Saturday, October 07, 2017

Covered California to middle-class enrollees: There (may be) gold in them thar hills

Update (!) Oct. 11, 2017: CoveredCA has gone live with  its 2018 plan preview tool and has implemented the CSR surcharge discussed below -- 12.4% added to silver on-exchange plans only. That makes gold cheaper than silver in some areas, and CoveredCA is indeed in some cases highlighting gold plan offerings ahead of silver.

Back on August 1 Covered California, the California ACA exchange, announced a proactive approach to enable health insurers to cope with the uncertainty over whether the Trump administration (or Congress) would guarantee them continued reimbursement for Cost Sharing Reduction subsidies.

Insurers would file rate requests under the assumption that CSR will continue to be reimbursed. If reimbursement was not guaranteed by a certain date, however, a surcharge (later pegged at 12.4%) would be added to silver plans sold on-exchange. CSR is available to enrollees with qualifying incomes only if they select silver plans, and only if they buy on-exchange. ACA-compliant silver plans sold off-exchange would not include the surcharge. That surcharge is likely to be triggered on or around October 11, CoveredCA tells me (postponed from an original target of Sept. 30).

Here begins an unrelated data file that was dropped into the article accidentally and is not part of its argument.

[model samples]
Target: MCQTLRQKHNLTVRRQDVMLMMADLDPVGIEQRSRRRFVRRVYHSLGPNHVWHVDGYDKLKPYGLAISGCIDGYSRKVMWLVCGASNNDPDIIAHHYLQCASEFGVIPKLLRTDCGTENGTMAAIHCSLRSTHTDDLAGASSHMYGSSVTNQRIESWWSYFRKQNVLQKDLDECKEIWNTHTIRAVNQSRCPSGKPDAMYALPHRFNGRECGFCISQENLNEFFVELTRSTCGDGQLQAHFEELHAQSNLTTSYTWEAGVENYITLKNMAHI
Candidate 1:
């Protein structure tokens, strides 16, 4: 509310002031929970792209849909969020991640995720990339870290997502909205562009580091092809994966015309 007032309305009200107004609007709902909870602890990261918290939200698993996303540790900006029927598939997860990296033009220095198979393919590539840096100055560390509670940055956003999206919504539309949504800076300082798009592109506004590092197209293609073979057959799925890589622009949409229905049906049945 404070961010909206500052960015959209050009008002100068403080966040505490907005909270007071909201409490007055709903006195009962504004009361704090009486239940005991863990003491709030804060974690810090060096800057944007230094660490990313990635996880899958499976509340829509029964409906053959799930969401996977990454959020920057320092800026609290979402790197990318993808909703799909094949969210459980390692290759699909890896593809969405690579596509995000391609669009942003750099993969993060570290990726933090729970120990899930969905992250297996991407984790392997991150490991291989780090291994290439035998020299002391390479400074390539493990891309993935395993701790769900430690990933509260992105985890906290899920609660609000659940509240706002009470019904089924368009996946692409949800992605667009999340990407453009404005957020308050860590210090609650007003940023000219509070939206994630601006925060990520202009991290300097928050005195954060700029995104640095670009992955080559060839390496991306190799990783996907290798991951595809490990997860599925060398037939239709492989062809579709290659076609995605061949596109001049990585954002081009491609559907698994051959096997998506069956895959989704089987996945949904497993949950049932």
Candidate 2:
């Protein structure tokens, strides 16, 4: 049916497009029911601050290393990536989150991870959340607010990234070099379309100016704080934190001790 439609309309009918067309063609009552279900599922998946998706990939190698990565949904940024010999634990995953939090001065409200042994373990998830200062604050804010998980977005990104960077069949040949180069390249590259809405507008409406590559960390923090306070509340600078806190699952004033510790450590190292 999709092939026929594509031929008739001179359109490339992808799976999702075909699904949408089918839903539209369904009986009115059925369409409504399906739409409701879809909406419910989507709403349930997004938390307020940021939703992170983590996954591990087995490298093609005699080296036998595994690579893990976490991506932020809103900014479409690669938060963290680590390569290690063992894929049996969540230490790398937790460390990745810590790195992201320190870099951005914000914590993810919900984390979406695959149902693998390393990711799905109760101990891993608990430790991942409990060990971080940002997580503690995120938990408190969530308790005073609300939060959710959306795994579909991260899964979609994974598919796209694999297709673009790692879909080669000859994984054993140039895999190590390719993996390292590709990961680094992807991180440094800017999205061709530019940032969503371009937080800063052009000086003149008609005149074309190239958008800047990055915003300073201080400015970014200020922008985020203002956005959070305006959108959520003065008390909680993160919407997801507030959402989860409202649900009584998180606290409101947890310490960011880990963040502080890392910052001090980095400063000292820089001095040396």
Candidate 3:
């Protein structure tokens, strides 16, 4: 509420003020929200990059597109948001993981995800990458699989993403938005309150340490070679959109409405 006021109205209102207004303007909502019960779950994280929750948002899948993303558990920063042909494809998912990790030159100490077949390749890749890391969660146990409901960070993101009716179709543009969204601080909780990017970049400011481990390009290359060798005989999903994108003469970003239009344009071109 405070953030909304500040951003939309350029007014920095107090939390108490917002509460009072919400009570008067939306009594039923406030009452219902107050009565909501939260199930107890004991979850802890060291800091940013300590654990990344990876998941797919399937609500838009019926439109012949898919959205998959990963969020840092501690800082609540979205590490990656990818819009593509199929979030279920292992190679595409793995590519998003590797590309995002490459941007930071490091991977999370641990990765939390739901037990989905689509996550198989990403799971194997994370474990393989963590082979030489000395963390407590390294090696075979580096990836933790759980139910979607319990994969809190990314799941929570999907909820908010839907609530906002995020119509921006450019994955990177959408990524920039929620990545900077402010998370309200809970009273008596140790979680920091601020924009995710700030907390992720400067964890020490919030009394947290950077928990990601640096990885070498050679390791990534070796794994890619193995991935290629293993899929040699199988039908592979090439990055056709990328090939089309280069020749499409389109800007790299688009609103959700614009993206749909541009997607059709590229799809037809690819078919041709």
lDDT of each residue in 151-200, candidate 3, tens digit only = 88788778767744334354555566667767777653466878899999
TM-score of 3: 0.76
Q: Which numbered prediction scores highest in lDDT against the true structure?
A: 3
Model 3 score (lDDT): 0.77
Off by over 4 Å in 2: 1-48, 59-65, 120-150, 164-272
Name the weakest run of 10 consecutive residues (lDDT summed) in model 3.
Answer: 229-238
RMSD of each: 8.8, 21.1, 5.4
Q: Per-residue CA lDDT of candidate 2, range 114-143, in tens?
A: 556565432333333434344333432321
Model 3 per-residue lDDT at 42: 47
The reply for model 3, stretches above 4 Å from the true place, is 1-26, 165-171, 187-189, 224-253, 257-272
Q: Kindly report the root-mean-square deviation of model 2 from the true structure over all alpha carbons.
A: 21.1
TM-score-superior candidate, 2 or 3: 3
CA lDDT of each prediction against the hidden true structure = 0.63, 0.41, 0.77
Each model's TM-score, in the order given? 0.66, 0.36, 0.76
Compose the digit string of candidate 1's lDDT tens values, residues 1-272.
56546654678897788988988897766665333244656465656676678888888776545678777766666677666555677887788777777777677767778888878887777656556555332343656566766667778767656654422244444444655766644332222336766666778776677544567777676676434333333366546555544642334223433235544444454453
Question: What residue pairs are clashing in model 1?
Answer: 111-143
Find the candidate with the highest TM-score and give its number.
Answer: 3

The likely results have been widely noted (e.g., here). Off-exchange, plan pricing would remain proportionate to the actuarial value offered at each metal level. On-exchange, the only buyers of silver plans should be those with incomes up to 200% of the Federal Poverty Level, for whom CSR raises the value of silver plans roughly to that of platinum.

Subsidized buyers with incomes over 200% FPL (i.e., with incomes in the 200-400% FPL range) would be making a mistake if they bought silver, since silver would be priced at a level appropriate for gold plans, or slightly above. In fact they would get a windfall if they bought gold, because the inflated price of silver would also inflate premium subsidies, which are keyed to the benchmark (second cheapest) silver plan in each region. Gold plans, which have an AV of 80%, would be cheaper or almost as cheap as silver plans at 70% AV.  The effect would be a kind of back-door CSR for subsidy-eligible enrollees with incomes over 200% FPL.

How the gold windfall would play out in California

A 12.4% hike to silver premiums alone is enough to make silver plans more expensive than gold, or roughly equally expensive. A look at 2017 offerings in California bears this out. In Los Angeles, zip code 90013*, the unsubsidized benchmark silver plan premium for a 40 year-old this year is $270. The cheapest gold plan is $287. Add 12.4% to the benchmark, and its premium is $304. The cheapest silver plan premium is $256. A CSR surcharge would put it at $288 -essentially identical to cheapest gold.